Labradoodle training matters, just as it does for any other breed or mix.
However, when planning your training you will need to take their genetics into account.
As a mix between a Labrador and a Standard Poodle, the humorously named Labradoodle has a strong working history, as well as a loving personality.
But today, we are going to focus on that all important topic – Labradoodle training.
Because a big bouncy dog needs boundaries!
Are Labradoodles easy to train?
The Poodle was a water retriever. Known for their hard working, loyal and calm natures.
The Labrador also comes from retrieving roots, and even today is still widely used as an intelligent and obedient hunting companion.
Both breeds make excellent pets too, due to their loving natures and enthusiasm to learn.
But they are also different in a few ways, which makes the Labradoodle a little harder to predict in terms of their personality.
Poodles tend to be more reserved and less keen to play. Labradors are known for their overly friendly tendencies, and often indiscriminate need to greet everyone they meet.
What you can however be confident of is that this mix will be intelligent and co-operative if you get their lovely Labradoodle training right!
How to Train a Labradoodle using Positive Reinforcement
Dogs learn best using positive reinforcement.
These techniques work on a simple level by encouraging desirable behaviors, so that they are repeated. Building associations between actions we want them to carry out, and things that they want.
We don’t get to choose what our dogs find rewarding. Some will work for praise and petting alone, but most will need food rewards or perhaps a go with a favorite toy.
As you start on your Labradoodle training journey, you’ll need to become familiar with positive reinforcement training. Often referred to as ‘clicker training’ as this is one of the main tools we use.
Basic Training for Labradoodles
Training your puppy begins from the moment you get home. Because every consequence, or lack thereof, teaches them something about their environment and about you.
Let’s start by looking at a few guides that will be helpful at different stages of your puppy’s development.
Tips for Labradoodle Potty Training
When you first bring your puppy home, your main aim is likely to be a clean house.
Potty training methods either involve using puppy pads or are based around crate training.
If at all possible, we highly recommend making use of a crate.
Don’t worry, it’s not the nasty cage you might expect. Used occasionally and with a puppy that is properly acclimated to it, it’s just a lovely den to sleep in.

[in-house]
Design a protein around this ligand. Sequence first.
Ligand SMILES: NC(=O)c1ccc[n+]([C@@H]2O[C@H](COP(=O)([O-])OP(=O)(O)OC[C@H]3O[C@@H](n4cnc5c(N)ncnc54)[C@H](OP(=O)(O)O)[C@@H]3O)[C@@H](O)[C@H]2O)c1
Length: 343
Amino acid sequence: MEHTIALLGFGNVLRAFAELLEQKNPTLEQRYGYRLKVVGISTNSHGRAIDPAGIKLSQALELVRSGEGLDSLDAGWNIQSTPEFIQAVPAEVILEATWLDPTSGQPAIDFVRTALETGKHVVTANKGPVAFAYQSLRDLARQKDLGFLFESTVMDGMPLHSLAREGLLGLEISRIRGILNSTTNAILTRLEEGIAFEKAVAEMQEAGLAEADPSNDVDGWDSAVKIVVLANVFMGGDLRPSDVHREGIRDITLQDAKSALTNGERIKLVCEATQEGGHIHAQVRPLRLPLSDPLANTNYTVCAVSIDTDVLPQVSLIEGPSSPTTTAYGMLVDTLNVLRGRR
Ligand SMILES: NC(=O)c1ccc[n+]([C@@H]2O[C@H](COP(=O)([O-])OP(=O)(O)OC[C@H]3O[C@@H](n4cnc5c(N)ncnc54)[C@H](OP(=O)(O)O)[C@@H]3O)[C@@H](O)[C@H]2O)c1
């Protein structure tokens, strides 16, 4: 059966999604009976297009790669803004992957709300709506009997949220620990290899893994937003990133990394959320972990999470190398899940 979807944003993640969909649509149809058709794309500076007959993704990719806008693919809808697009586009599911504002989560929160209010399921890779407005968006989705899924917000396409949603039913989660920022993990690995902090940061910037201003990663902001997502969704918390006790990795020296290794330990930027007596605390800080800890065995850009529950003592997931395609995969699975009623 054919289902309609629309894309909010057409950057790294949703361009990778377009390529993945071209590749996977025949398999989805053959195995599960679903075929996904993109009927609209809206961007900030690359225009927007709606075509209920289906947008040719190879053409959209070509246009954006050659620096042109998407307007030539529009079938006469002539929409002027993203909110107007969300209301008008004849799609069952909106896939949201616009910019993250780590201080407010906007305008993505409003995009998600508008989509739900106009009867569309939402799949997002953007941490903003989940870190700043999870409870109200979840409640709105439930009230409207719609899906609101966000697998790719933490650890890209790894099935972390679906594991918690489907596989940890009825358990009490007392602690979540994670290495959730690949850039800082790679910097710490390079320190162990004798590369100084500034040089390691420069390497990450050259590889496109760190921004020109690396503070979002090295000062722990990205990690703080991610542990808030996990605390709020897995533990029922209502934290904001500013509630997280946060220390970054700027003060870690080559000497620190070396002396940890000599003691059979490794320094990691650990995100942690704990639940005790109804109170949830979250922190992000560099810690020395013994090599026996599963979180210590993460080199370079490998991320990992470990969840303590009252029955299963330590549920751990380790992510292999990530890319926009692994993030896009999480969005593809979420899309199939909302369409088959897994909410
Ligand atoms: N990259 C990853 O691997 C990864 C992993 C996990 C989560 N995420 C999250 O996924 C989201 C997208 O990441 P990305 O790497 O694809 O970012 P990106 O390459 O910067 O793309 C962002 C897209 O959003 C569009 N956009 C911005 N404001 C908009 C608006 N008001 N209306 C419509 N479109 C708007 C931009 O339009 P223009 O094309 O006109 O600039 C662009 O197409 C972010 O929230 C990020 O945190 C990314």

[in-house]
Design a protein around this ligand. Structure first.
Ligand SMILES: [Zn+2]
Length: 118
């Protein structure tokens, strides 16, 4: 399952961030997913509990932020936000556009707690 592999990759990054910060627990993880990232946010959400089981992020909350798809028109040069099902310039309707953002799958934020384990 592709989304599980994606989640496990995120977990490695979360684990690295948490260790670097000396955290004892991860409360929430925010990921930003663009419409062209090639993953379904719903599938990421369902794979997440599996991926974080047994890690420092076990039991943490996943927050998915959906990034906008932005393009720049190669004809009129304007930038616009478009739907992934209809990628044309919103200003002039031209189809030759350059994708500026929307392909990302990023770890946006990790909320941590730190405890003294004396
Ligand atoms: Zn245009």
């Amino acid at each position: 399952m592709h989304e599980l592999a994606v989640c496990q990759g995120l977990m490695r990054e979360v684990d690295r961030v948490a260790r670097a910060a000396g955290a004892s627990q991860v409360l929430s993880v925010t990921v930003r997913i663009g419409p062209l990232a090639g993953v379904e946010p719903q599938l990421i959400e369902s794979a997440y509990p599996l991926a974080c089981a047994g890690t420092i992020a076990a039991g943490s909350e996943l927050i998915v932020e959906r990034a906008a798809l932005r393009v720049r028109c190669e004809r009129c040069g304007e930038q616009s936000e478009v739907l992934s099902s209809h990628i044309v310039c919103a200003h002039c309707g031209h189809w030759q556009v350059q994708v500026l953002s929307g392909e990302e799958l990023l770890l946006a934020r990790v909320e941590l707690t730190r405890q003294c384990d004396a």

However old your Labradoodle is, crate training is really helpful.
Labradoodles that come from a Labrador and Standard Poodle will need a fairly large crate as adults, and you can make this small enough to work with them in puppyhood too by using a divider.
If your Labradoodle has a Miniature or even Toy Poodle parent their final size will be harder to predict. A divider is essential in this case to make sure your crate isn’t too large, encouraging them to use a corner as a toilet.
Check out this detailed crate training guide by expert Pippa Mattinson to get your pup used to her cosy crate.
Training your Labradoodle to be Well Mannered
Your Labradoodle puppy is likely to grow fairly large, and if they take after their Lab parent they might well be quite bouncy too. So house manners matter.
Jumping up can be an issue with larger breeds, and you can find out how to deal with that here.
Biting is another common puppy problem, and one that you are very likely to face with a pup from two retrieving breeds. Labs especially tend to be quite mouthy, and your Labradoodle could well have inherited this tendency.
Fortunately, they tend to grow out of it and in the meantime there are plenty of techniques to try.
Other Training Essentials
The foundations of Labradoodle training come through learning how to mark and reward behaviors that you want. And this marking is normally done with a clicker.
Once you have a dog that will sit on command you can use these cue to stop them doing other unwanted behaviors too. Like jumping up, chasing or running away.
But to get to this point those cues need ‘proofing’. The process by which we teach a dog that what we say applies regardless of what else is going on around them.
Learning to walk nicely to heel, on and off leash, are also fundamentals that most owners expect.
Larger dogs like the Labradoodle have the potential to pull hard and get themselves into mischief when out at the dog park. Heelwork can really help to avoid these issues.
How to Find Help for Labradoodle Training Problems
Not everyone wants to train alone, and not everyone has the experience to do so.
Finding a local trainer that uses positive reinforcement methods is one potential great solution, the other is to look at online training courses.
Wherever you go to find more information on Labradoodle training, just make sure that they use modern positive methods and are working towards the same goal as you.
This is the best way to ensure you end up with a happy, settled and well bonded companion.